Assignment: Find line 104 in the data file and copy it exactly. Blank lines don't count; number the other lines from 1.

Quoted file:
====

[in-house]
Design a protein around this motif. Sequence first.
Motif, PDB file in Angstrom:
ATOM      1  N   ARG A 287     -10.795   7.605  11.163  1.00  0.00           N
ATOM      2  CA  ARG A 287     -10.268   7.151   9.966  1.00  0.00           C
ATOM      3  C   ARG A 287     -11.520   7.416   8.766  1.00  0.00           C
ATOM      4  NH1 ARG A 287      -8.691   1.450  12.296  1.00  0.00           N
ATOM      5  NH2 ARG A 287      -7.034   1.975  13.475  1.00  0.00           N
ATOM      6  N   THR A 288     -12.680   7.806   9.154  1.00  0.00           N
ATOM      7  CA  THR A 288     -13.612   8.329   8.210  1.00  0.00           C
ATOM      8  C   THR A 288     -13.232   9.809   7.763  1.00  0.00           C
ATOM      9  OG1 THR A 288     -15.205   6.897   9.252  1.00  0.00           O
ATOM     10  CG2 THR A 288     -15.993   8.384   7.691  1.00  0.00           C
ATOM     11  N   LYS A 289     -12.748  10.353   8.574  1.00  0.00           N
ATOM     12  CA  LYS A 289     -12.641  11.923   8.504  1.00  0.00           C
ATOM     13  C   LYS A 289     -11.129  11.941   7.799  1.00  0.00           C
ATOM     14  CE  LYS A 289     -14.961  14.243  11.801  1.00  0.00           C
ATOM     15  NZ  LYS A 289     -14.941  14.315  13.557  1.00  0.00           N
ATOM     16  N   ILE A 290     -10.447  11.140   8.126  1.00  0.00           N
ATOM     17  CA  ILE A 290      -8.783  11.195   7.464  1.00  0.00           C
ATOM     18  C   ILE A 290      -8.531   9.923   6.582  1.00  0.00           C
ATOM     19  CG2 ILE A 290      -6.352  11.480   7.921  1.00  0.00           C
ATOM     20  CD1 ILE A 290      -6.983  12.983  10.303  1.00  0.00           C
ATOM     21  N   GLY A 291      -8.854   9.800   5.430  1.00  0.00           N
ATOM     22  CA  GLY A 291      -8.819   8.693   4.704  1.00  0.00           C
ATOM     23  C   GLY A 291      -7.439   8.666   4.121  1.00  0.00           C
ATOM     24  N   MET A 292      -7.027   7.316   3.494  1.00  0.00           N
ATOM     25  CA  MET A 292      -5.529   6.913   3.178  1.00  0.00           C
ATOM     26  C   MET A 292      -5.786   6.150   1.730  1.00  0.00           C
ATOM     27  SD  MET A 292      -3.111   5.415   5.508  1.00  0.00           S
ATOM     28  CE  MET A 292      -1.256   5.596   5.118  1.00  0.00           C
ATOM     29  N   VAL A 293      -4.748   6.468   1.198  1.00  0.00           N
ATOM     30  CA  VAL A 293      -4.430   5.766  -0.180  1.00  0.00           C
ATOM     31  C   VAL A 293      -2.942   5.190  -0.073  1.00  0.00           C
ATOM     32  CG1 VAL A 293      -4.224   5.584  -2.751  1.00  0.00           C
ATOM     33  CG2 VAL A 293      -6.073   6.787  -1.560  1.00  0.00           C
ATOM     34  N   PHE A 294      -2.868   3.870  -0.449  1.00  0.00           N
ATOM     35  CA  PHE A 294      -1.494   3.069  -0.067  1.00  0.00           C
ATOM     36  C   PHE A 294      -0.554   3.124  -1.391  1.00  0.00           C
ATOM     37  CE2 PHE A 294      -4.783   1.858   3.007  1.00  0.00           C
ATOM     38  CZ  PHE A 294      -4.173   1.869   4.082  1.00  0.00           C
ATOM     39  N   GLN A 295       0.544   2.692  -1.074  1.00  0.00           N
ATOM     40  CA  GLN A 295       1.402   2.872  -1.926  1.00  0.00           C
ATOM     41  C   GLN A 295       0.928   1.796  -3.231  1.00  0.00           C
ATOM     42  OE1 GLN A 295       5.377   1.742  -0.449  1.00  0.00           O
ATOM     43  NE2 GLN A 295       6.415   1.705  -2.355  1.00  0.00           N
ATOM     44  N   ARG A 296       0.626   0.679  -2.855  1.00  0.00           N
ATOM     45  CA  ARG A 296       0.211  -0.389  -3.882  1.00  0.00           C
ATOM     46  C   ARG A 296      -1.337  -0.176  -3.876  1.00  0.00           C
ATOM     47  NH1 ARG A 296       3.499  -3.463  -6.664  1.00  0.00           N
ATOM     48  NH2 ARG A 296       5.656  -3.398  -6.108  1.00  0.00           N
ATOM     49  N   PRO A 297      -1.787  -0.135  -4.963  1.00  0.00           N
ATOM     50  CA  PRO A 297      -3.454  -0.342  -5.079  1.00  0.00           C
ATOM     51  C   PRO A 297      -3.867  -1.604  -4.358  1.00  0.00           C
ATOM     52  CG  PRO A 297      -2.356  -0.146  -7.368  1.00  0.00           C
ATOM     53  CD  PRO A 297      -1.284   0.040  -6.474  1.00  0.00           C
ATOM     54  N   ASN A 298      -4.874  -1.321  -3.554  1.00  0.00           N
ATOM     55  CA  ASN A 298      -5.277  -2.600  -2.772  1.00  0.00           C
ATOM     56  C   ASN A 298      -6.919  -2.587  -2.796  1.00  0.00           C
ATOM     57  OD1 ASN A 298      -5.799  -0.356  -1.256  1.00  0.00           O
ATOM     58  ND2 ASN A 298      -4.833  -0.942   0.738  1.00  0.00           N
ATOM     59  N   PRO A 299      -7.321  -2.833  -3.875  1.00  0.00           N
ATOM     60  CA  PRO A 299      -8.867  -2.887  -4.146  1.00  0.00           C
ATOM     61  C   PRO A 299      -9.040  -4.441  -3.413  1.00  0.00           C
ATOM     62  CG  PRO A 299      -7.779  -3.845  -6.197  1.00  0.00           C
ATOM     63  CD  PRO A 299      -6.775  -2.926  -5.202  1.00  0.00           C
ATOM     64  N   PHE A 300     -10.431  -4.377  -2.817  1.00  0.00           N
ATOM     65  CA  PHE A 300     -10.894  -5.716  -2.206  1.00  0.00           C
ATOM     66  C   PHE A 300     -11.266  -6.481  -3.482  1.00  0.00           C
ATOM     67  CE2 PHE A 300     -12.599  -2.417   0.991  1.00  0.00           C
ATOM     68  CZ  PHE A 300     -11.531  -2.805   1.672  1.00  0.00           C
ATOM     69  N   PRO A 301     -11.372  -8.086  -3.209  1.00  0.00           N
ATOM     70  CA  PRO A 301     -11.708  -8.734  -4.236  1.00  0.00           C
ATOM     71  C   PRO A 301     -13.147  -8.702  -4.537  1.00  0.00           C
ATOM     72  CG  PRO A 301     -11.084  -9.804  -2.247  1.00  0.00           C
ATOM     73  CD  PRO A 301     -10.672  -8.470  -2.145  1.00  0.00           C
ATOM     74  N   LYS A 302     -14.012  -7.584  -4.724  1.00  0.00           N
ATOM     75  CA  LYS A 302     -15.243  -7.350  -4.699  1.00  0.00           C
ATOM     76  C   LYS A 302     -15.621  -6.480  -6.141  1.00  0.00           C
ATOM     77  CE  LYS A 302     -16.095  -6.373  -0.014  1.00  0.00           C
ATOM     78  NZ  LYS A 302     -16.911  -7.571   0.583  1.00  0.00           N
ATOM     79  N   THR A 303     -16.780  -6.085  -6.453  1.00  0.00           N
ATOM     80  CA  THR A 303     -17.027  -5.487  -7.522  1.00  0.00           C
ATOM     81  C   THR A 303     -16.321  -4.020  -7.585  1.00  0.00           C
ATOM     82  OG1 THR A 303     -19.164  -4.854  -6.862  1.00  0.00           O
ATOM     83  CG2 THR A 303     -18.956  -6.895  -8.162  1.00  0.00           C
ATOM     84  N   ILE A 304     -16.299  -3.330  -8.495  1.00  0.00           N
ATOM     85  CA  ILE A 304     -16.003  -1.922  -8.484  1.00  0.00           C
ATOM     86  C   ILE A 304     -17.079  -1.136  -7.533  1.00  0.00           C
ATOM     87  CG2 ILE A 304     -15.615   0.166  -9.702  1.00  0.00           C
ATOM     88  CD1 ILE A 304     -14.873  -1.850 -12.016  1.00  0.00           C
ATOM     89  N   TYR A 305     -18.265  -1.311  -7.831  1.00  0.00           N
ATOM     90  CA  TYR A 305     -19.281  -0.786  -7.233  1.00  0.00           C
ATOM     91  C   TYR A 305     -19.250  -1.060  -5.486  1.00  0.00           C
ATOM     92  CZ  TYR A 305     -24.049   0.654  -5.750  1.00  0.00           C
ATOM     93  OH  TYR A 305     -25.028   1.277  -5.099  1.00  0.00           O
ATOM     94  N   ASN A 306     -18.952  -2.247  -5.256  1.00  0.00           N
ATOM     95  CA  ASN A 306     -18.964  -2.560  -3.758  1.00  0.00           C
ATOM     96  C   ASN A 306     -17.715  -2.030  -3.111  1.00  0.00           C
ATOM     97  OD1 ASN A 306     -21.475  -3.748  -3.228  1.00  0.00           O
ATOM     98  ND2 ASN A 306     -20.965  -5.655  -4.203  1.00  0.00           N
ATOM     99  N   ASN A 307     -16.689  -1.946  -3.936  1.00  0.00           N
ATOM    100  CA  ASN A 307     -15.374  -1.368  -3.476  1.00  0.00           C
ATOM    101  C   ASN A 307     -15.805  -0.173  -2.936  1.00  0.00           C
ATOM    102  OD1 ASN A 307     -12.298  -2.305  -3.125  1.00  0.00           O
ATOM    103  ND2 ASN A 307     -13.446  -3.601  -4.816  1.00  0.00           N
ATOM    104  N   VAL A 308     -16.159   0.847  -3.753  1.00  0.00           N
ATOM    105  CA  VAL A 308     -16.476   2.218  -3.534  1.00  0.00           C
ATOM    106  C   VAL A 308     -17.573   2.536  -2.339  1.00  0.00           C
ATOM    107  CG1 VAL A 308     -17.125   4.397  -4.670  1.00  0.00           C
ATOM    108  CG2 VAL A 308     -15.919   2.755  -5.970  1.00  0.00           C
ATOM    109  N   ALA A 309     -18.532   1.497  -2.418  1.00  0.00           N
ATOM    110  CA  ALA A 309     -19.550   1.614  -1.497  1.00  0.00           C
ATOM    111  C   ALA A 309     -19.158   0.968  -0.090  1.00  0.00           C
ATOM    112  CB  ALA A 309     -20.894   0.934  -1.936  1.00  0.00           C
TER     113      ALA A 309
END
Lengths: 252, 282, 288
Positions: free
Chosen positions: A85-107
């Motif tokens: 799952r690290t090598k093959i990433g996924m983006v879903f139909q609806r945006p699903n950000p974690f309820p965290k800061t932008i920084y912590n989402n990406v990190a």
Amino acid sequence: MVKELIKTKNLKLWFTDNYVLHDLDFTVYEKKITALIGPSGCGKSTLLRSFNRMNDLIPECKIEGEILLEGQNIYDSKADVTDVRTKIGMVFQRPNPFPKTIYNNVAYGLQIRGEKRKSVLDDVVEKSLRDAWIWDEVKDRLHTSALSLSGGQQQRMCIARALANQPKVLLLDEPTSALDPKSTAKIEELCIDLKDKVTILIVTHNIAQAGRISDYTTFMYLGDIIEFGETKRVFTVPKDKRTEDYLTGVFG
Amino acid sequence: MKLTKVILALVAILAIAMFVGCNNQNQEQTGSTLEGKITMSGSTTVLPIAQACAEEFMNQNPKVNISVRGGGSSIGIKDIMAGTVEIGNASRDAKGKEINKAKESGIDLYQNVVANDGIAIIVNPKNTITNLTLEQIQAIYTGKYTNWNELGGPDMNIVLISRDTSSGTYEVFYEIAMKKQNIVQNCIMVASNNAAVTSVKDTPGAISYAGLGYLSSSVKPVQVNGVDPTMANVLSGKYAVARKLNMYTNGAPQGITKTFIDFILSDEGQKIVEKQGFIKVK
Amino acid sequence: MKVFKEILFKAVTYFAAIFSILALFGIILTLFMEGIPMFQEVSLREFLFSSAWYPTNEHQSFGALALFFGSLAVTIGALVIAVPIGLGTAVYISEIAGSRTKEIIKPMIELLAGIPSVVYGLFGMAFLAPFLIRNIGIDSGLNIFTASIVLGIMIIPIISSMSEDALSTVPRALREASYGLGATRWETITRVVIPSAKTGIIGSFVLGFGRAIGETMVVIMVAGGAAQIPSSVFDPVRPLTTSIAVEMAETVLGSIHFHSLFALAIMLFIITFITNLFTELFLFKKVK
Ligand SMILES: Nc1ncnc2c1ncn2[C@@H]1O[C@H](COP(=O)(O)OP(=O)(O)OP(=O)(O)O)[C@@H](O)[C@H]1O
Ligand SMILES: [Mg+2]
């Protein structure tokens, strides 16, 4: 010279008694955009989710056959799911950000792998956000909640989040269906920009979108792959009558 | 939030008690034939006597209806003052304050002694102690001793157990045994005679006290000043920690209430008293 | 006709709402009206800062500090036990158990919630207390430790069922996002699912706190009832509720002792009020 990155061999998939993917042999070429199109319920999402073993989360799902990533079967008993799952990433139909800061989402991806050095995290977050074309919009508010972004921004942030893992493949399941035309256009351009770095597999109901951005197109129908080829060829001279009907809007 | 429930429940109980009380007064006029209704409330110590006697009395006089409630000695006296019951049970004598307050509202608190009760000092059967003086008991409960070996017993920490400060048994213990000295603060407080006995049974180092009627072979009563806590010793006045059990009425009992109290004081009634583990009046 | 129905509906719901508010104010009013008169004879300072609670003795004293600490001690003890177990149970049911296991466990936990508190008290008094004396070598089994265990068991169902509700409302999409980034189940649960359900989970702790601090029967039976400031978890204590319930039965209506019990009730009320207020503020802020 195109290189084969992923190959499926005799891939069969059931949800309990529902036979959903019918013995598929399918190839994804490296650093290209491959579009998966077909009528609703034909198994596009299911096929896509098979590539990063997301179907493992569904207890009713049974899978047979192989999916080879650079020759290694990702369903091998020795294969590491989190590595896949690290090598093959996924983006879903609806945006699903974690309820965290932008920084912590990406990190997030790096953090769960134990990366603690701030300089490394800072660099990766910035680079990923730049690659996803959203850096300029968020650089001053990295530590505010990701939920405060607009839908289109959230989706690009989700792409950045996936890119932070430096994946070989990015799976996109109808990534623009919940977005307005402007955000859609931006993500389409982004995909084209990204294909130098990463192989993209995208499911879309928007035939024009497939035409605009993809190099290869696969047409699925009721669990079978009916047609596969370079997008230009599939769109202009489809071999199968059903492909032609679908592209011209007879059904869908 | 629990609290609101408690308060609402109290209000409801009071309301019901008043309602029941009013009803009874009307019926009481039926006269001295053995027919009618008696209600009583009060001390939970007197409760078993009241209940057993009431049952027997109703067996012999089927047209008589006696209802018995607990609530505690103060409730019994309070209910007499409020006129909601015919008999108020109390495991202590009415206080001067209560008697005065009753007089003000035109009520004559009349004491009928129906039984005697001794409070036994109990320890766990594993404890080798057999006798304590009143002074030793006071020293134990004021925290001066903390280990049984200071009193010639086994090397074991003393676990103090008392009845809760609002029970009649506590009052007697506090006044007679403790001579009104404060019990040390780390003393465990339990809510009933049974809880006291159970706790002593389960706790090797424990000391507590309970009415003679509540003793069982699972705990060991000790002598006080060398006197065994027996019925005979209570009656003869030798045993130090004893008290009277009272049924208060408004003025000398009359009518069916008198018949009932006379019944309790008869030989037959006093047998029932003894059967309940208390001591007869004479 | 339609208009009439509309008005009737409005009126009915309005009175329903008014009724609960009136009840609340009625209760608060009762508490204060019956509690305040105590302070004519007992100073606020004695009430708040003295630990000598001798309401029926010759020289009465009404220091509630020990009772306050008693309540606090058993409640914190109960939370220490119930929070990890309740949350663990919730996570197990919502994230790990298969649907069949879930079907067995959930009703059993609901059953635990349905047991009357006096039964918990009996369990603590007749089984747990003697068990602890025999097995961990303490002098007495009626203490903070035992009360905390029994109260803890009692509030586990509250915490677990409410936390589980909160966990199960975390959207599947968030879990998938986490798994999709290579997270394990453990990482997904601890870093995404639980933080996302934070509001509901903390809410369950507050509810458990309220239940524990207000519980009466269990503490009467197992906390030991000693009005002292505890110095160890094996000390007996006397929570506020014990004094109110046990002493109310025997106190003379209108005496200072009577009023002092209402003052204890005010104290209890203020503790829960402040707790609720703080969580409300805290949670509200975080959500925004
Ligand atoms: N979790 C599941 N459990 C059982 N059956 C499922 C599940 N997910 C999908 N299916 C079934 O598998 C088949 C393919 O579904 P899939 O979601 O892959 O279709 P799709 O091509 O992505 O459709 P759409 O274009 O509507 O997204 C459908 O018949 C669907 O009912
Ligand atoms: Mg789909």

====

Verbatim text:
ATOM    101  C   ASN A 307     -15.805  -0.173  -2.936  1.00  0.00           C